). The purest butyrylcholinesterase eluted early, in fractions 7–10, occupying a volume of 9 to 12 ml. Later fractions contained 10-fold less pure butyrylcholinesterase.
The second step of the purification was on a 2 ml procainamide Sepharose affinity column packed in a 7 ml (10 × 95 mm) Pharmacia column, equilibrated with 20 mM TrisCl, 1 mM EDTA pH 7.5 at room temperature. TrisCl was used rather than phosphate buffer because phosphate ions compete with phosphorylated peptides for binding to titanium oxide beads in the enrichment step that precedes mass spectrometry. Fractions from the ion exchange column containing the purest butyrylcholinesterase were pooled and the pH adjusted from 4 to 7 by adding 0.19 ml of 1 M NH4HCO3 per 3 ml butyrylcholinesterase. The sample was loaded onto the procainamide affinity gel. The affinity gel was washed with 20–30 ml of 20 mM TrisCl, 1 mM EDTA pH 7.5 and 20 ml of 0.2 M NaCl in pH 7.5 buffer. Butyrylcholinesterase was eluted with 1 M NaCl in pH 7.5 buffer. The purest BChE (15 to 20% pure) eluted in the first 4 ml, the next 2 ml typically contained 9% pure BChE, and the last 4 ml contained 3% pure BChE.
The purity of butyrylcholinesterase following ion exchange at pH 4 and procainamide affinity chromatography varied for each sample. With most samples we achieved an 1800-fold increase in specific activity to 15% purity, but the range varied from 2 to 30% purity. The highest purity was achieved when the serum or plasma volume was at least 30 ml and when the starting butyrylcholinesterase activity was 3 units per ml. A low 2% purity was achieved when the plasma volume was 17 ml and the starting plasma butyrylcholinesterase activity was 1.3 units per ml. Generally, about 30% of the starting activity could be recovered at 15% purity. In some cases the yield was 50%. Similar purification yields were obtained for serum, heparin plasma, and EDTA plasma. Percent purity was calculated from absorbance at 280 nm and activity per ml using the information that 100% pure BChE has a specific activity of 720 units/mg and a 1 mg/ml solution of BChE has an absorbance at 280 nm of 1.8 (Lockridge et al., 2005
). For example, a 15% pure solution of BChE with an activity of 60 units/ml has an absorbance of 1.0 at 280 nm.
Butyrylcholinesterase dialysis and concentration
The two-step purified butyrylcholinesterase was concentrated in a 10 ml Amicon stirred cell with a YM30 membrane. The use of the YM30 membrane in the Amicon stirred cell resulted in no loss of butyrylcholinesterase activity, whereas other concentrating devices such as the Amicon centrifugal filter 10,000 MWCO (UFC901024) resulted in significant losses of activity. The buffer was changed to 10 mM NH4HCO3, 0.01 % (w/v) sodium azide, pH 8.1 by diluting and re-concentrating 3 times. Changing the buffer and removing the salt was necessary to promote ionization of the peptides in the mass spectrometer. The final volume of the concentrated butyrylcholinesterase was 0.1 ml and the activity was about 120 units/ml. The fact that we found phosphorylated butyrylcholinesterase peptide in our partially purified butyrylcholinesterase samples means that phosphorylated butyrylcholinesterase copurified with unmodified butyrylcholinesterase in our protocol. Thus, we do not expect the ratio of phosphorylated to unmodified butyrylcholinesterase to change after purification.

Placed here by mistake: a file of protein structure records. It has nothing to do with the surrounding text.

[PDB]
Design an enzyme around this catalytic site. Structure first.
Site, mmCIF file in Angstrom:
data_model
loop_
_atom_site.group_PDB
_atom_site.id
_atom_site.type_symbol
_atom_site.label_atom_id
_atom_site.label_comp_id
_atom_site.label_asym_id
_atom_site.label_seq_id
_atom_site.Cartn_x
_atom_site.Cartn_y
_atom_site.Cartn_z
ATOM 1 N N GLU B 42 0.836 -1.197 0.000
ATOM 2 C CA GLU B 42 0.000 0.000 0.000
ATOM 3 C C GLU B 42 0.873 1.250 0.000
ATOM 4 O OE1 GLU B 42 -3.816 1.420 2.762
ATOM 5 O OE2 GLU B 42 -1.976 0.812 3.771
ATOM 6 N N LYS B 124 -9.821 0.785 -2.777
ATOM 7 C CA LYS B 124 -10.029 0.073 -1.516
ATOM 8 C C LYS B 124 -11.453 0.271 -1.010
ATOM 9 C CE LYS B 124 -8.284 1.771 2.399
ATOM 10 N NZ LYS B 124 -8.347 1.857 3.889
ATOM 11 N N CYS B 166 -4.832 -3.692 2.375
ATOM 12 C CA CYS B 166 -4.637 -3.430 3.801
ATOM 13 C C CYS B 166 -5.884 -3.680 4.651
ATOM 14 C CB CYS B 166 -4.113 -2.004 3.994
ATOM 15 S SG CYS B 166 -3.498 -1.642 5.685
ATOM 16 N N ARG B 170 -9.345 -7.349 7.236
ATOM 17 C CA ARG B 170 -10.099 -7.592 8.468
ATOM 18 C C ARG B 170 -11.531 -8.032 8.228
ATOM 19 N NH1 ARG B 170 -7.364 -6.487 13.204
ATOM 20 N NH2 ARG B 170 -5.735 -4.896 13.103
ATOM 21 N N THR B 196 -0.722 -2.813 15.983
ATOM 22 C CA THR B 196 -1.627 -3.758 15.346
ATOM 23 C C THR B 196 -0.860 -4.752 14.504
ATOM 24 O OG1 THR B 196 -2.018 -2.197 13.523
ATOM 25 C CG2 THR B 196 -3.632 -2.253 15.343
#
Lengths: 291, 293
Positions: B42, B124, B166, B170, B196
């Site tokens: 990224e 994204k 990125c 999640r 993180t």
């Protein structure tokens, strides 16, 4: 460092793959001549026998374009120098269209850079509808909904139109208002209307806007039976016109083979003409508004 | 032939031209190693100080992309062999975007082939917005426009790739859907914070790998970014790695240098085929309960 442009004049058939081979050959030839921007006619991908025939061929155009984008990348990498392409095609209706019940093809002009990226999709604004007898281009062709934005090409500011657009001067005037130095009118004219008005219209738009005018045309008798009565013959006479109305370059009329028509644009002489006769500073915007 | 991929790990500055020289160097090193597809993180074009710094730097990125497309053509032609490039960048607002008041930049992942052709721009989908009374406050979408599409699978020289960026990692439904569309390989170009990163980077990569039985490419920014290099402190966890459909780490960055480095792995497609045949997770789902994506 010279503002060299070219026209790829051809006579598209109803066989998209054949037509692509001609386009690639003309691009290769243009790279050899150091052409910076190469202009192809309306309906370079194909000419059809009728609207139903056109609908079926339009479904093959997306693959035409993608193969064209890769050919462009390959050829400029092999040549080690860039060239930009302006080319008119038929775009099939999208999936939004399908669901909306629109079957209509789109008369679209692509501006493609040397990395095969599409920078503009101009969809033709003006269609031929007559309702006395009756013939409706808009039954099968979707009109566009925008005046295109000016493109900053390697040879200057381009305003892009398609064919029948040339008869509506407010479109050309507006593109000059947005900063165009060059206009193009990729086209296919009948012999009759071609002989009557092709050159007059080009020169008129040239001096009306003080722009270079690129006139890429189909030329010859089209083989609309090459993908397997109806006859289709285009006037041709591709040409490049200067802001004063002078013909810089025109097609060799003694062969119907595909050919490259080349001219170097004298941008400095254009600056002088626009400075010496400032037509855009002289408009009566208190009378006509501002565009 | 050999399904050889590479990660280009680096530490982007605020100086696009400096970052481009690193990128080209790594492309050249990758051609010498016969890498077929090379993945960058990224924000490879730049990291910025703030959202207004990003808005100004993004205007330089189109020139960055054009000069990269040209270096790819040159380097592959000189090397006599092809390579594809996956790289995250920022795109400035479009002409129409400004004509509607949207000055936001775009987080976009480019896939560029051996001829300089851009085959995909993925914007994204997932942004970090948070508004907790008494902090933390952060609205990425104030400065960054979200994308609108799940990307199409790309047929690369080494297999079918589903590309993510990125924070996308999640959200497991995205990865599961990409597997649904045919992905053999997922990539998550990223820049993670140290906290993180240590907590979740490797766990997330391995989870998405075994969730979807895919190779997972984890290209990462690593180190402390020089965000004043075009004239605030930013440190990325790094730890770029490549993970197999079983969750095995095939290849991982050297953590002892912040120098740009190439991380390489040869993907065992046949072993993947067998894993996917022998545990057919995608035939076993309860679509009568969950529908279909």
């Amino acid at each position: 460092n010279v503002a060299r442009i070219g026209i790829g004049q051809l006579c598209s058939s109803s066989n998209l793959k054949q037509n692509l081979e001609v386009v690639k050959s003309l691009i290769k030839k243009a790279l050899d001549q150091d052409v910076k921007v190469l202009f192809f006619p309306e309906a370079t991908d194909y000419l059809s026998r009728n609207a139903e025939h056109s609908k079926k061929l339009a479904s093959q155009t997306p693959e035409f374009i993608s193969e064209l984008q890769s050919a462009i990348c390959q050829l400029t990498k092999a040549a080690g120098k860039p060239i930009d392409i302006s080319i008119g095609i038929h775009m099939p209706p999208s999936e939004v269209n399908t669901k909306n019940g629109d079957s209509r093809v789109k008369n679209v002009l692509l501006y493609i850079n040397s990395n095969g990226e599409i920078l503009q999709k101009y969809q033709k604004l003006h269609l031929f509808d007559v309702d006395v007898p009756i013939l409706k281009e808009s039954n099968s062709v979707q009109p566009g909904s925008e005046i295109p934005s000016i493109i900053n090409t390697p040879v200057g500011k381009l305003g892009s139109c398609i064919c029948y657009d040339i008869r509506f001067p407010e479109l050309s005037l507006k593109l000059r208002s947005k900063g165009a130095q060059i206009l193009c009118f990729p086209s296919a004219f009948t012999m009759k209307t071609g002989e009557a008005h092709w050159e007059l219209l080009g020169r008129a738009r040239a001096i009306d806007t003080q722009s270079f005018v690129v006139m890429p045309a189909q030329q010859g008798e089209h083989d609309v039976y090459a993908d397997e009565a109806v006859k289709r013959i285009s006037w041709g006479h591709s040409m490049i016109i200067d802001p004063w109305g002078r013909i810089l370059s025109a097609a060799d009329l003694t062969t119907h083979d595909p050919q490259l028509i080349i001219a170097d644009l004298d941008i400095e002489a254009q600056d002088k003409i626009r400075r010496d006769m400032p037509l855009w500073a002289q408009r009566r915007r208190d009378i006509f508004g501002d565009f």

When only 0.05% of the butyrylcholinesterase was phosphorylated, about 12 units of partially purified butyrylcholinesterase (16.6 µg) were needed for mass spectrometry detection of phosphorylated butyrylcholinesterase. The final degree of purity was not critical, though it was important to remove albumin, the blood coagulation proteins, and proteins that precipitate at pH 2. The pH is lowered to 2 for pepsin digestion. Our protocol would work for smaller volumes of blood if the level of exposure were high. For example, we have detected other organophosphorus and carbamate adducts on butyrylcholinesterase using 1 or 2 ml plasma from suicide and murder victims (Li et al., 2009
; Li et al., 2010
). In those cases 60–80% of the butyrylcholinesterase was inhibited.
Stability of phosphorylated butyrylcholinesterase
Two of the partially purified butyrylcholinesterase samples from jet airplane passengers were stored at 4°C in 10 mM ammonium bicarbonate, 0.01% sodium azide pH 8.3 for one year before they were digested with pepsin. Both samples were found to be positive for the phosphorylated butyrylcholinesterase peptide. This demonstrates that the phosphorylated butyrylcholinesterase adduct is stable and that it does not spontaneously dephosphorylate. Phosphorylated butyrylcholinesterase was found in butyrylcholinesterase purified from serum as well as plasma, suggesting that phosphatases in blood do not dephosphorylate the butyrylcholinesterase adduct.
Pepsin digestion of butyrylcholinesterase
The pH of partially purified butyrylcholinesterase in 0.1 ml of 10 mM NH4HCO3, 0.01 % sodium azide was adjusted to pH 2 by adding 1 µl of 25% trifluoroacetic acid. A fresh solution of 5 mg/ml pepsin in 5% formic acid was prepared just before use. Pepsin dissolved with difficulty to make an opalescent solution. The butyrylcholinesterase was digested with 5 µl pepsin (25 µg) at 37 °C for 2 h. Digestion was stopped by inactivating the pepsin either by 5 min of incubation in a boiling water bath, or by adjusting the pH of the digest to 7.